What we see in practice is an unreliable index of whats going on in terms of learning. We can only observe the indirect performance effect of learning, but the way learning is measured is by using a retention test.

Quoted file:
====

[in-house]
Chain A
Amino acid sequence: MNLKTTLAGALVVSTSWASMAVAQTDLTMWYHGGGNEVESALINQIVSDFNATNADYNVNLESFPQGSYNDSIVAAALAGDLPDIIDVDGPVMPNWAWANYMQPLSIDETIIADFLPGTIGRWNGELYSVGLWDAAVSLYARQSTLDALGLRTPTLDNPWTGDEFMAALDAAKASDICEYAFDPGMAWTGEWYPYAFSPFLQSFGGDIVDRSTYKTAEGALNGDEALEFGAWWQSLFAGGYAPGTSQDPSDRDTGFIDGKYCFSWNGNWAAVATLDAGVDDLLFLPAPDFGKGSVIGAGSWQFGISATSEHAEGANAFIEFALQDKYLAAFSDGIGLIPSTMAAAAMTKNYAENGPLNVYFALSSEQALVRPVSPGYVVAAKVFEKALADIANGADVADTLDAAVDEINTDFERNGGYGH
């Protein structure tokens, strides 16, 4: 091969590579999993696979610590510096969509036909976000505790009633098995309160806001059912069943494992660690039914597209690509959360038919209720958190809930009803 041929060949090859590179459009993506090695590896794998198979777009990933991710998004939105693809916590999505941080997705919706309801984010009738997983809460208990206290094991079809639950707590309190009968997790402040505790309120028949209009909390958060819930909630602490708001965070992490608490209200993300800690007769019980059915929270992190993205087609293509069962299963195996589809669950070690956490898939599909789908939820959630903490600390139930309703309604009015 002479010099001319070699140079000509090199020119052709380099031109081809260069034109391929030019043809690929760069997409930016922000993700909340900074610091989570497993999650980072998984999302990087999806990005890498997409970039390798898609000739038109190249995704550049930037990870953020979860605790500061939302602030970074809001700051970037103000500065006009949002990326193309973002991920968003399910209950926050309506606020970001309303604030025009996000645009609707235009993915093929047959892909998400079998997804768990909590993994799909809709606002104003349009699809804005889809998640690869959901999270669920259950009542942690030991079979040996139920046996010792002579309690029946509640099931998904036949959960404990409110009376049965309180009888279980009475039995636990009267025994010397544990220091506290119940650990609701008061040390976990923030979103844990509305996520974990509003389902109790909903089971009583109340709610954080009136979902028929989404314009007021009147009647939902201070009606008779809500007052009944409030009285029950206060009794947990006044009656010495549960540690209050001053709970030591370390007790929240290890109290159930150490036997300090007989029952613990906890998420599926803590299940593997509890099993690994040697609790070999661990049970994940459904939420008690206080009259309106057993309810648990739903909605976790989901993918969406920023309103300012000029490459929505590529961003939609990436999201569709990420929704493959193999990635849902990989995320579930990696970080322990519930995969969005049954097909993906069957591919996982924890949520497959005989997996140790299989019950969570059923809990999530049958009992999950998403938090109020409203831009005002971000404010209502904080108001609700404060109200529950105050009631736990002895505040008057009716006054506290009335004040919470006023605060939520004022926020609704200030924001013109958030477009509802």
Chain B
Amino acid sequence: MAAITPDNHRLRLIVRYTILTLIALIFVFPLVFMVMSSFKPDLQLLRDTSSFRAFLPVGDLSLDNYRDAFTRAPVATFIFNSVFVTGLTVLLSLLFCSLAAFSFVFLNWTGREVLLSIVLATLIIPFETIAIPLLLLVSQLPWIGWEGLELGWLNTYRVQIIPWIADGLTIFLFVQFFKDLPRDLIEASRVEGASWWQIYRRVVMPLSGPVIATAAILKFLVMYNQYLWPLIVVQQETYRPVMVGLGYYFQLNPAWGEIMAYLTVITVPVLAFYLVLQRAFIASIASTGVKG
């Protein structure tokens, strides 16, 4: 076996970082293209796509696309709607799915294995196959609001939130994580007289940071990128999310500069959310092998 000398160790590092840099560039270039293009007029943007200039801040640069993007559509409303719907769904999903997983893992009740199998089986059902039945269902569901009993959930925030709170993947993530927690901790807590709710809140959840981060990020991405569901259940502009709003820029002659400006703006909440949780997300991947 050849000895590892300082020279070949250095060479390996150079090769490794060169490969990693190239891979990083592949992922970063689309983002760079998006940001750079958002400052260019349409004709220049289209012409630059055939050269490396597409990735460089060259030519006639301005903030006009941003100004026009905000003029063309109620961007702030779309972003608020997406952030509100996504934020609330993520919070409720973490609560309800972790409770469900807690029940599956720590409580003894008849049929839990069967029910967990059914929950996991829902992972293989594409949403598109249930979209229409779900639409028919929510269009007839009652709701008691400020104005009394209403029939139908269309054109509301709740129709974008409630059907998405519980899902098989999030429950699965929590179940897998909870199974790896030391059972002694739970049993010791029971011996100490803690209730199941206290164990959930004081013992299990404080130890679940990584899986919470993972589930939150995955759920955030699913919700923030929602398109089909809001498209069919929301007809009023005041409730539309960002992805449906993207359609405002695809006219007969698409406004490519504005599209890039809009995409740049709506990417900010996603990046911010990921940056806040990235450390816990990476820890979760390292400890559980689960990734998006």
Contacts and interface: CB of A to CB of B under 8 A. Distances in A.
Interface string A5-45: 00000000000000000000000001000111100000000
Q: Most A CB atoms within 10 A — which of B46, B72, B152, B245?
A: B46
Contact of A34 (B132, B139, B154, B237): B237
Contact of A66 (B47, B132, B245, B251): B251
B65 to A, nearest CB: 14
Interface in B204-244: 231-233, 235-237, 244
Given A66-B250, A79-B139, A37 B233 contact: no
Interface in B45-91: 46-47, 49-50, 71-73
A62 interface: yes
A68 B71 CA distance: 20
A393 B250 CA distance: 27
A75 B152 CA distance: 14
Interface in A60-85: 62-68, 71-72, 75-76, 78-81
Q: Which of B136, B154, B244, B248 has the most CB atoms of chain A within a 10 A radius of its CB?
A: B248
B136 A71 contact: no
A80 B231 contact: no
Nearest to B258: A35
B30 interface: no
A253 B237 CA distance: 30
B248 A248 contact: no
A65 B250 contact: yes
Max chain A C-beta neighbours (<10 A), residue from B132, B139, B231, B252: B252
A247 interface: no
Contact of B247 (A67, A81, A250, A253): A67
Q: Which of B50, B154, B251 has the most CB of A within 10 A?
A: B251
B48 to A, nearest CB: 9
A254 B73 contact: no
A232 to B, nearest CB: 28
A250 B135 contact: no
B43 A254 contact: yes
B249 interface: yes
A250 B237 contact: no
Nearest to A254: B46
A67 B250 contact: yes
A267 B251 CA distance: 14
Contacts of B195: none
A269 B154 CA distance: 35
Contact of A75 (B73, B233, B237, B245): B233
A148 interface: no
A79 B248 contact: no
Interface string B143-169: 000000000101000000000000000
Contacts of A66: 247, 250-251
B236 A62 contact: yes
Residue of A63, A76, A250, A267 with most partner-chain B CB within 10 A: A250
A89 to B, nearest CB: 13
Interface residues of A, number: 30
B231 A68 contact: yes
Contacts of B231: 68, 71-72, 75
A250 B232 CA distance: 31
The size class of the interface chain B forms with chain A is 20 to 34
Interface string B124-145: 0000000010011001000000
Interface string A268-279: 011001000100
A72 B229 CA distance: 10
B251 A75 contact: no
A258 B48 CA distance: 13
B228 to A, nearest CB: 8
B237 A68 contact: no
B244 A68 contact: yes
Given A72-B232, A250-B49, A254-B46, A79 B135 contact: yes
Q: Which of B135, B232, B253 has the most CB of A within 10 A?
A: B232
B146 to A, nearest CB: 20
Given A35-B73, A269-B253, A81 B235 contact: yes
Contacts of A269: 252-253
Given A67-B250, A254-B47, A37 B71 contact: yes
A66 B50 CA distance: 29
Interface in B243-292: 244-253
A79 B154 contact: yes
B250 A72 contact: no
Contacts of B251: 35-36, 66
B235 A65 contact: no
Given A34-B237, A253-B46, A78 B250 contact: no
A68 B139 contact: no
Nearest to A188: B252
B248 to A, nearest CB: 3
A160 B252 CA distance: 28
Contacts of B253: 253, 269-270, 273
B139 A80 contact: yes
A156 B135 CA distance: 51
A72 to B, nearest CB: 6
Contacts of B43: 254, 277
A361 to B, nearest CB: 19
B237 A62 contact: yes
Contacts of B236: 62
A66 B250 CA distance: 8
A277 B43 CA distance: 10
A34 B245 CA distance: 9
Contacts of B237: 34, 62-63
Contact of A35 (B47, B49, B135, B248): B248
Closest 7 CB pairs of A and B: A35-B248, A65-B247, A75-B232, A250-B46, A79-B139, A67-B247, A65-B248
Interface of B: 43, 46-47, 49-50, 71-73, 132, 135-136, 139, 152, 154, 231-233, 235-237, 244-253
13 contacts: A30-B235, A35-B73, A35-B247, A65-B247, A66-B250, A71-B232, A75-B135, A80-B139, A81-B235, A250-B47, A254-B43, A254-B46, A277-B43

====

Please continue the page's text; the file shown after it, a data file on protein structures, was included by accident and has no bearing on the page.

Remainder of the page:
Evidence from both the motor- and verbal-learning domains shows that retrieval practice can have opposing effects on learning and performance. Motor-learning studies have revealed that, on the whole, physical guidance often reduces performance errors during training but that unguided, active involvement promotes better long-term retention of skills. Likewise, practicing retrieval of verbal materials may appear unhelpful during acquisition and on immediate memory tests, but it provides substantial benefits in preserving or stabilizing long-term memory. It would seem prudent, therefore, that trainers and instructors incorporate retrieval practice into their curriculum and that students test themselves as a means to optimize their own learning